Cross-Cultural Mapping with Violinist/Composer Layale Chaker

We are so proud of Violinist & Composer Layale Chaker, an alum from the Shastra “Composing with Indian Rhythm” Summer Workshops. This January, she released her début album, “Inner Rhyme” (In a Circle Records, 2019), featuring the Sarafand ensemble playing a suite of her works. Layale Chaker, born in Beirut, draws on her experiences as a violinist in Daniel Barenboim’s West-Eastern Divan Orchestra, but also fluidly composes and improvises in Arabic maqam as well. The music in Inner Rhyme maps “the rhythmical cycles of the twelve classical Arabic poetic meters, the fluidity of oral and free forms, the abstraction of language into the physical contour of verses and the percussive potential of words.” You can read about this stunning new album in the New York Times, in “A Violinist Questions the Musical Divide Between West and East.” Below, Layale Chaker discusses her encounters with the music of South Asia (including the Shastra workshop) and how it impacted her.

“My introduction to Hindustani music came through my encounter with two unique masters of this art : Pandit Yogesh Samsi and the late Pandit Drubha Ghosh. I precisely remember the very first time I have listened to them perform the classical repertoire, and the unexplainable feeling that overwhelmed me, made of both surprise and nostalgia, as if I were recognizing melodies that I once knew in the distant past, and that I had forgotten about up until that moment.

“I was blessed to have the chance to perform with Yogesh and Drubha, to learn from them, and to meet later on other immensely inspiring Hindustani and Carnatic musicians through different occasions and settings, with whom I have performed and shared music around the world. However, due to concert schedule constraints and other logistics, I would always find that these collaborations happened in circumstances where results primed over the journey ; and that our encounters only tackled the visible, accessible part of our respective languages, limiting the musical collaboration to physically and technically comfortable spaces of in-between. I would often hear these limits loud and clear in the concert, but also acknowledged the possibility of attaining much broader fields.

“I started experimenting with the cross-mapping of different musical concepts of my own Arabic Maqam heritage, Persian radif structures, Western music limited transposition modes, spectralism, and Hindustani and Carnatic techniques.

“The different points of divergence and convergence met in great part through rhythm. In particular, the oral transmission and representation of rhythm offered a never-ending source of possibilities. One of my first experiences came through a suite of pieces I had composed for my ensemble, Sarafand, based on a sort of rhythmic vocalization that stems from rhythmic structures of classical Arabic poetry (‘Arud), and that I had treated as Solkattu, turning them into structures and rhythmical cycles in the suite.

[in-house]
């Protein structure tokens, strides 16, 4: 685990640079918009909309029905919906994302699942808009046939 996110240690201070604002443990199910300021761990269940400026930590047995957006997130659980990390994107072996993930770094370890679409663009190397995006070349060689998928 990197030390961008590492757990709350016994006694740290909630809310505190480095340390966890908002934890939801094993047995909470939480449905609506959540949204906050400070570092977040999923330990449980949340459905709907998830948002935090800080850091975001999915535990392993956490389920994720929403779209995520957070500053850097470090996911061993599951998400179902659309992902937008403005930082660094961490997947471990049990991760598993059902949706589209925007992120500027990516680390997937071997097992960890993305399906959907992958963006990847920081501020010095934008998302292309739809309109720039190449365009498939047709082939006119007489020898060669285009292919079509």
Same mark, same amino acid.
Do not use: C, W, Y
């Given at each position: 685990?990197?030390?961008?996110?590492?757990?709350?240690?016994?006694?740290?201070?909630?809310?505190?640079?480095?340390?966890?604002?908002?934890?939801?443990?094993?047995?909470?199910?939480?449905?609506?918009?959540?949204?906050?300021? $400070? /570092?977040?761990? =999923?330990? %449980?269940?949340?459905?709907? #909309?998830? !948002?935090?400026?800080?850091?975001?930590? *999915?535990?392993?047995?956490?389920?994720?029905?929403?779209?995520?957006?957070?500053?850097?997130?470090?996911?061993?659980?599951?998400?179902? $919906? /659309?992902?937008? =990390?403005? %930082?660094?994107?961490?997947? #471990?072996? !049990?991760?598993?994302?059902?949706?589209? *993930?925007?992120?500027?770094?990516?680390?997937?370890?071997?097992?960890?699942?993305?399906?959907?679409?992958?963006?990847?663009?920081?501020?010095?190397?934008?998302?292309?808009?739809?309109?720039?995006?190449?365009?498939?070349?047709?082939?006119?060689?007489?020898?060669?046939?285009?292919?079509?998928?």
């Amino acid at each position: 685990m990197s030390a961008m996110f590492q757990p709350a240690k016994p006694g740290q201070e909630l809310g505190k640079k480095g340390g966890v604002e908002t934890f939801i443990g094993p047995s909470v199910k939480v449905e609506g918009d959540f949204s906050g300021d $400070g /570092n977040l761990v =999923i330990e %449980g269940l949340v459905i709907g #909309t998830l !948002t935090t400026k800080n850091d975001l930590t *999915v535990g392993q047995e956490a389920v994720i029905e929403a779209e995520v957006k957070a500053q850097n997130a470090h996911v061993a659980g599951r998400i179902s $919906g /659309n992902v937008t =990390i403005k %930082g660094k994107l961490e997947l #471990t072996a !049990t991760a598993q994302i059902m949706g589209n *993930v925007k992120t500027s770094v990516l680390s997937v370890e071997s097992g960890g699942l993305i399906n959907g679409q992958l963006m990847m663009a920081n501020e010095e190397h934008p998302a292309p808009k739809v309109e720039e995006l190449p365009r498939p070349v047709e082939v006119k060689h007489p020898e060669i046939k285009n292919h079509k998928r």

“After that experience, the perspective of composing a piece for Tabla and Percussion Quartet seemed like the natural continuation in that direction. Even through most of my musical practice is deeply rooted in performance, the opportunity to put the violin down and to think of rhythm, time and temporality as a completely abstract material provided the perfect scope I was looking for.

“While in general the experience of rhythm remains to be an essentially physical and visceral one, it became to me over the course of a few weeks a purely cerebral one, as I challenged all of my pre-conceived thinking about time as essentially linear and chronological, integrated a renewed sense of pulse, and tried to adopt the complexity of the cycles and forms as accurately as possible while trying to maintain their fluidity.

“I particularly loved transposing that cyclical dimension of time into Maqam meter structures, finding correspondences between them and different Thekas, and layering references to common patterns in both traditions as an illusion of interacting polyrhythms, polypulses and irregular groupings.

“Beyond the implementation of these techniques, it also revealed to me the percussive potential of timbre itself through the incredible diversity of tone and color provided by the quintet.

“While the intricacy of Hindustani music remains a yet (and possibly forever!) unconquered territory, I valued the process of composing that piece for Shastra like a true apprenticeship, an experience of invaluable learning and exchange that I shared with like-minded musicians, which continues to unfold more territories to explore. The best is yet to come.” – Layale Chaker, 2017

Leave a Reply

Your email address will not be published. Required fields are marked *

Spam protection *